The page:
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The ancestor of spheroidal galaxies discovered: new clues on the relationship between black holes and star formation

Observed in the young Universe (1.25 billion years after the Big Bang), thanks to the James Webb Space Telescope, it has a stellar mass similar to that of the Milky Way and has already finished forming stars. Its characteristics shed light on the birth of spheroidal galaxies and the connection with massive black holes

The great variety of galaxies in today's universe. The arrows indicate some examples of high-mass spheroidal galaxies (Credit: ESA/Hubble & NASA, F. Pacaud, D. Coe)

A collaboration between the University of Edinburgh (UK) and the University of Bologna has identified the oldest quiescent galaxy – i.e. one that no longer forms stars – so far known. Scientists observed the galaxy - called GS-9209 - 1.25 billion years after the Big Bang: an epoch that corresponds to about 9% of the current age of the Universe. And by that time, the formation of new stars inside of it had already stopped for about half a billion years.

The discovery - published in the journal Nature - was possible thanks to the James Webb Space Telescope and offers new clues for understanding the physical processes that drive the formation and evolution of galaxies. In particular, the study highlights the correlation between the presence of supermassive black holes and the inhibition of the ability of galaxies to form new stars.

The stellar mass of the GS-9209 galaxy is very similar to that of the Milky Way: 40 billion times greater than the mass of the Sun. However, unlike our galaxy, GS-9209 has a spheroidal (and not spiral) shape, and it is significantly compact: it is about ten times smaller than the Milky Way. The spectroscopic data reveal that the galaxy formed between 600 and 800 million years after the Big Bang, that is to say: when the Universe was about 4% of its current age. After that, the forming of new stars stopped.

"The quiescent state in which we found GS-9209 is closely related to the presence, in the centre of the galaxy, of a supermassive black hole with a mass between half a billion and a billion times the mass of the Sun", explains Andrea Cimatti, director of the “Augusto Righi” Department of Physics and Astronomy of the University of Bologna, one of the authors of the study. "It is a mass five times larger than one might expect considering the number of stars in the galaxy: a figure that could explain why the star formation process has stopped".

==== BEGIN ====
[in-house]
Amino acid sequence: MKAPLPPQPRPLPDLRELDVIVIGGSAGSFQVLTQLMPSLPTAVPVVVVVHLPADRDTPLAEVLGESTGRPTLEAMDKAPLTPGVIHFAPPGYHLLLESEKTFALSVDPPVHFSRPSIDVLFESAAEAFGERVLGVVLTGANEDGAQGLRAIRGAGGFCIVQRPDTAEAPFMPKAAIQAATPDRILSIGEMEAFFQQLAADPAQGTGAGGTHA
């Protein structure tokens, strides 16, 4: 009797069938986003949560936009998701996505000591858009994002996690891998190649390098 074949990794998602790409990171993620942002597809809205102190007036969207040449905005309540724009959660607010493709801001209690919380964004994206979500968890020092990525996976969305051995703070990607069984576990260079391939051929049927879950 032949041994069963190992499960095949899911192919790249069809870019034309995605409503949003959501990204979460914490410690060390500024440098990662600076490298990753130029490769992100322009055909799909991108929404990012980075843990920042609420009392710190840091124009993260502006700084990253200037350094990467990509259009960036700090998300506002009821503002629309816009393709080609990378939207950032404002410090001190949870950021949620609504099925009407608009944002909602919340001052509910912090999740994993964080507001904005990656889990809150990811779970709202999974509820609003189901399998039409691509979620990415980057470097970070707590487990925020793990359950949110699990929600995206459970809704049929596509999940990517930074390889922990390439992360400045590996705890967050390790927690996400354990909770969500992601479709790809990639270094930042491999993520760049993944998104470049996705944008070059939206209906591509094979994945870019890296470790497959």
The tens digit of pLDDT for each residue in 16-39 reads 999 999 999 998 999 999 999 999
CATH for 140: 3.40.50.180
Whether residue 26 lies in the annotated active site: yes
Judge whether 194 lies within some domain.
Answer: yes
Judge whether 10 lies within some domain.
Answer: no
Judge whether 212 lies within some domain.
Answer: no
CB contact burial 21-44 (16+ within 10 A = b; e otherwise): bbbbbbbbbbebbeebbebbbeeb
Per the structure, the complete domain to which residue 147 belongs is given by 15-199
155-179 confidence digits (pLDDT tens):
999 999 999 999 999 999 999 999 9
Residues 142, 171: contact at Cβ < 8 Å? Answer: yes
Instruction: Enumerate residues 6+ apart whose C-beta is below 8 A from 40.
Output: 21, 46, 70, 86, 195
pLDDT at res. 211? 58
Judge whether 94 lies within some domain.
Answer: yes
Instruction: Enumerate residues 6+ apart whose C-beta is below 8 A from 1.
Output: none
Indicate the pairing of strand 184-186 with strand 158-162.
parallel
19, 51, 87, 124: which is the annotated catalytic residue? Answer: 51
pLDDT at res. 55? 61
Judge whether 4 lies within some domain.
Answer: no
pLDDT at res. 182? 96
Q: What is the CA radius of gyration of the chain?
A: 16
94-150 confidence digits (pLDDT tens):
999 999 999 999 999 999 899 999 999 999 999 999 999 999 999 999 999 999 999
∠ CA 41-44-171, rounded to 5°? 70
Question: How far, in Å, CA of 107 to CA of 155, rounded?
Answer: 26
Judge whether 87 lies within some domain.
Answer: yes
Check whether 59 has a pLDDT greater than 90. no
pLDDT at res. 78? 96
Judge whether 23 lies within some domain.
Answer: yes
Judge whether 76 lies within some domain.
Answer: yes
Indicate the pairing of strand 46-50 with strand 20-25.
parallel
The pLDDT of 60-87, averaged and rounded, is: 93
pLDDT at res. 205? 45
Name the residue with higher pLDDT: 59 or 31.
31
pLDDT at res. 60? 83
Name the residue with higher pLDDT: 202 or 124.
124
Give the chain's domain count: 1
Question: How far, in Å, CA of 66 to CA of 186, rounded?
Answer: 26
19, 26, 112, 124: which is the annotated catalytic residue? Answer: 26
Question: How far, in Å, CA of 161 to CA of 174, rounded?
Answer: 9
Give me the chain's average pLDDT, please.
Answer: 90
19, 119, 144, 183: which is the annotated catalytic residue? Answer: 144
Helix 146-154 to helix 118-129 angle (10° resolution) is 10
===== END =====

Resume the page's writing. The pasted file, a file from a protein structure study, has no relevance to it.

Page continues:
The growth of supermassive black holes releases enormous quantities of energy in the form of radiation, which heats and pushes away the gas within the galaxy, eliminating the conditions that allow star formation (the presence of gas and low temperatures).

The galaxy discovered with the James Webb Space Telescope (Carnall et al. 2023). The image in the white box shows a zoom of its spheroidal shape and the reddish color due to already old stars despite the fact that the universe was still very young at that time. The box with a white background instead shows the spectrum (i.e. the decomposition of the light of the galaxy at infrared wavelengths) from which it is possible to extract information on the mass, age of the stars and on the presence and characteristics of the central black hole.

"We have discovered the massive, already mature, quiescent galaxy closest to the Big Bang observed to date. In other words: an old galaxy in a very young Universe," Cimatti says. "Its particular characteristics tell us that the galaxy rapidly grew through extremely intense star formation: a result that confirms the hypotheses formulated so far on the birth of spheroidal galaxies".

The spheroidal galaxies known today generally have very high masses (even more than 100 times greater than the Milky Way), include very old stars (up to 13 billion years old) and contain a supermassive black hole at their centre. In order to explain these features, it was necessary to hypothesize that star formation had occurred very quickly and a long time ago, but that some process had suddenly stopped it.

To confirm this theory, scientists needed to observe very young galaxies. In 2004, thanks to observations with the Very Large Telescope of the European Southern Observatory (Chile), they identified some promising results in cosmic epochs up to 10 billion years ago. However, since then, the lack of adequate telescopes made it impossible to go further back in time.

The turning point came today, thanks to the new James Webb Space Telescope, which allowed scientists to explore the universe at even greater distances and, therefore, in even earlier times.

The study was published in Nature with the title "A massive quiescent galaxy at redshift 4.658". Andrea Cimatti, professor at the "Augusto Righi" Department of Physics and Astronomy, participated in the University of Bologna.